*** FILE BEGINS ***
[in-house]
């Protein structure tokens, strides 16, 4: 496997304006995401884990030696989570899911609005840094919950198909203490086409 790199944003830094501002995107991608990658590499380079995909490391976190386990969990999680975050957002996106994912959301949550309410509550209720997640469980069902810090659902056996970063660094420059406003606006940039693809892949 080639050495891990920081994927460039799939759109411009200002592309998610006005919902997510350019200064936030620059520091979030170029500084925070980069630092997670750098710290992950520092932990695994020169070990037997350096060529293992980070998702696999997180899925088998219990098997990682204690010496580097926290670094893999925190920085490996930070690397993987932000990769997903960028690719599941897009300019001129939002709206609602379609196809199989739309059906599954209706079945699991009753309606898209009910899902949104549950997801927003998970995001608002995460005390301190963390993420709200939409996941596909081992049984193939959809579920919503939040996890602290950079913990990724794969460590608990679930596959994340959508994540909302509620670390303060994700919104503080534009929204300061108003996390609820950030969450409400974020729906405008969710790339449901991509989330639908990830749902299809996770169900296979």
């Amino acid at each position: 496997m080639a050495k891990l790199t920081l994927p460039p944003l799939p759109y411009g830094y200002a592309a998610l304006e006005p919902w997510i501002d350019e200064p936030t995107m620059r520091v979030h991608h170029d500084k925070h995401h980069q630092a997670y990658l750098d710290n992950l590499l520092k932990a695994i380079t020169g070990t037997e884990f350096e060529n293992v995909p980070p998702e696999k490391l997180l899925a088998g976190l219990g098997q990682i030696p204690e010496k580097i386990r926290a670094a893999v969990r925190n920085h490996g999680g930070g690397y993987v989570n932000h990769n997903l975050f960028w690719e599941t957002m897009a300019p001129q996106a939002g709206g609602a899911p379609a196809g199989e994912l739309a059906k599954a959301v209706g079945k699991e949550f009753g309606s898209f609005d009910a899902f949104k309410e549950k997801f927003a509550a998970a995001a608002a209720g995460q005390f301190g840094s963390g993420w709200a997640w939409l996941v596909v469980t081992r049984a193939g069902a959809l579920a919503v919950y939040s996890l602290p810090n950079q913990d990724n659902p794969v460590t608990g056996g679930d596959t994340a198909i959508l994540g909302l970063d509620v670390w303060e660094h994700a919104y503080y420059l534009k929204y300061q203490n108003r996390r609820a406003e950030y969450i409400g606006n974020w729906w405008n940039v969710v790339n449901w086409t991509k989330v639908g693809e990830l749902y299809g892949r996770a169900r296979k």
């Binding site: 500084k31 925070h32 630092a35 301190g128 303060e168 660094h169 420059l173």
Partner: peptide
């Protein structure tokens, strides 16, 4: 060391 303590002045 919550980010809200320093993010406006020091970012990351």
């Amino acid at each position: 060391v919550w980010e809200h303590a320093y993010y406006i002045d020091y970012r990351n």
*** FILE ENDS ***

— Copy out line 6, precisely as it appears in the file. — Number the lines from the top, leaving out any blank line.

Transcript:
């Protein structure tokens, strides 16, 4: 060391 303590002045 919550980010809200320093993010406006020091970012990351």